I also have a shih tzu, and considered getting the dewclaw removed, that is until a friend of mine had them removed on her dog. It was very painful for the dog, not to mention it became infected. The dewclaw removal was much more painful than the spay. It turns out that removing the dewclaw is like removing your thumb, especially if it is well attatched (by bone) I asked my vet, and was told it was pretty much unneccesary for small house dogs to have it done. She said that it was uncommon to see problems in dogs that dont do a lot of running outdoors, but should be considered for working dogs. They will not even remove a dewclaw attatched by bone. My mom and dad have 2 small dogs as well ( a bichon and shih tzu bichon X) ages 12 and 1.5, no problems with either.

Shae
August 9th, 2004, 12:11 PM
Sorry to hear about the problems you experienced. That isn't all that common however, at least not in our practice. Ovariohysterectomy is a major surgery ....necessary mind you!!!! a dewclaw is still surgery but cannot imagine comparing it to major abdominal surgery. As I say, the dogs we removed dewies on seem raring to go after receovering from anesthesia.True, however, there may be complications, as in all surgeries......each comes along with risk of some sort. Larger dogs need dewies removed more often if active and are "loose" At the same time if your little one enjoys jumping onto and off of the sofa,etc. and the dewie is "loose"(hanging slightly and easy movement) then it should be removed. If it seems firm,etc or if your pet isnt active, I wouldn't worry too much about it and just keep an eye on him. Remember though, the most important role in all of this is your relationship with your veterinarian. Make sure this is someone you feel you can trust and feel comfortable working on your pet. If you are unsure....there is no harm whatsoever in requesting a 2nd opinion. Done all the time. If your vet is on the level, they will not be offended at all but rather respect your loyalty to your pet. Good luck with your decision shihtzu Lover!

shihtzulover
August 9th, 2004, 12:21 PM
Thanks very much everyone.
Her dewclaws are very lose, almost hanging by a thread. I think I will have them removed when she gets fixed. I would hate anything to happen to her if we don't remove them.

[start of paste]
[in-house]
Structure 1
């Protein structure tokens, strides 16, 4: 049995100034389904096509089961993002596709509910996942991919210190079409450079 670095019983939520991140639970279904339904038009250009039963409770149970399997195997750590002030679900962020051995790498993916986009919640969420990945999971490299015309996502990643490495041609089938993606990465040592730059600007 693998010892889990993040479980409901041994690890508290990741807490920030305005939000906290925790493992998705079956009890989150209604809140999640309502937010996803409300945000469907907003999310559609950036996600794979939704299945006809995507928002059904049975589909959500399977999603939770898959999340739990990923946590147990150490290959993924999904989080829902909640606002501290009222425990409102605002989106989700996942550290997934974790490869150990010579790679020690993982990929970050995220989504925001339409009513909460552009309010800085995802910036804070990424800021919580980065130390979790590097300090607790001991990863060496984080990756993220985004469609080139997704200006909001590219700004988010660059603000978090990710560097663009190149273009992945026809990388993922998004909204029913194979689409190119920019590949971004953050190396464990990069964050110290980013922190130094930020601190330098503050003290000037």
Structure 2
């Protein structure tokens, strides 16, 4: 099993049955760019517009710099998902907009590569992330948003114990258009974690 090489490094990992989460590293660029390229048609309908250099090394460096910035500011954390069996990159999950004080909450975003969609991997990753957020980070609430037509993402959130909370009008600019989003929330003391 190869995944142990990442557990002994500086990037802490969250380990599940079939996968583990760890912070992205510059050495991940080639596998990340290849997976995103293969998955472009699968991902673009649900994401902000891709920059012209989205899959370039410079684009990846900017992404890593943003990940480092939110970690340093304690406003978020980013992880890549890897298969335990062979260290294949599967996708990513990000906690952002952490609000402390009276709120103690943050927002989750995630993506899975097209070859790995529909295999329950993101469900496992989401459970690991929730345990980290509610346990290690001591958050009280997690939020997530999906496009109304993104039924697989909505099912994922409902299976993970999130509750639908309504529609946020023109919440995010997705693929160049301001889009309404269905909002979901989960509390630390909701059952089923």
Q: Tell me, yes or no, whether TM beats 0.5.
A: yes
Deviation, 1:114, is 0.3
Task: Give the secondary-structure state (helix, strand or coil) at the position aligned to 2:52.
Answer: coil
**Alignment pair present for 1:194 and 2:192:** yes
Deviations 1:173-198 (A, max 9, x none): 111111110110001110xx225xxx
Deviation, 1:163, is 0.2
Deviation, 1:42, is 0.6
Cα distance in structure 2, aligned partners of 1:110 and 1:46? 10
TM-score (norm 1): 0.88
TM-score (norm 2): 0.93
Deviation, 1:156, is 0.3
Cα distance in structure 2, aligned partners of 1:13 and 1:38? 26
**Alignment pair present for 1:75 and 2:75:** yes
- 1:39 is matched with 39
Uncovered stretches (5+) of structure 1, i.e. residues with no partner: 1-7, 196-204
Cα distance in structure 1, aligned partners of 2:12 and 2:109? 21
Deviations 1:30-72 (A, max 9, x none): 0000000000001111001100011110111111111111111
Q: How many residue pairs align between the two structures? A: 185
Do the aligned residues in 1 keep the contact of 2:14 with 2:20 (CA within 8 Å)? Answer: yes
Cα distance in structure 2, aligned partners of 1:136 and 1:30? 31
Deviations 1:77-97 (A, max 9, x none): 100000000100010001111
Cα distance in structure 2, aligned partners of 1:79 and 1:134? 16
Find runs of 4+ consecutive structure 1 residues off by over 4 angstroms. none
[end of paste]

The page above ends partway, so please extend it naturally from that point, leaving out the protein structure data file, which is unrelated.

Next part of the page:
I trust our vet very much. He has been our vet for 5 years now since we first got our cats. He probably told use straight out about them ripping off an bleeding to death because he has seen it happen.
Thanks again everyone

Shae
August 9th, 2004, 12:25 PM
In that case, you're making the best decision for your pet. I have seen 1st hand dogs that have had them torn off. It can be very very tramatic, stressful, and dangerous for the animal. So allowing your veterinarian to remove them surgically is the right choice if they are hanging loosely. Don't worry, I am sure everything will be fine! Let us know how it goes.....I'm willing to bet you'll have trouble keeping her from bouncing and running about the day after surgery! *L*

SSAC
August 9th, 2004, 01:57 PM
Maybe you should ask your vet to send home some antibiotics after having the dewclaws removed. I've worked at a total of 5 vet clinics over my time as a vet tech and have found that 7/10 dewclaw Sx's get infected. You will have to take her back for regular bandage changes (some vets charge each time, personally, I think that should be included with the Sx bill) and you Will have to keep the cone on as she will probably try to chew at the sutures.

I have 3 dogs, only one was born with rear dewclaws, she still has them, she's a big dog and we live on 1 acre, so she runs. She's never had any problems with them. Lucky??? She was 6 mths and already spay when I "aquired" her. So unless there is a problem, I choose not to have them removed.
It's all personal choice and if you Shih Tzu is going to be spay....might aswell while she's under. After the Sx, just watch the sites for swelling, discharge, redness, odour and hot to touch. Any of these can indicate infection.

However...front dewclaws in my opinion should never be removed.

;) Good luck and it's great that you have found a vet that you know and trust!

heidi56554
August 9th, 2004, 04:32 PM
This is off the subject, but my foster puppy (abandonded at doorstep) had stitches for his dew claws that needed to come out. This puppy is about 4 months old. I can see why you might want them removed. My German Shepherd is very active and his hooked his a couple of times.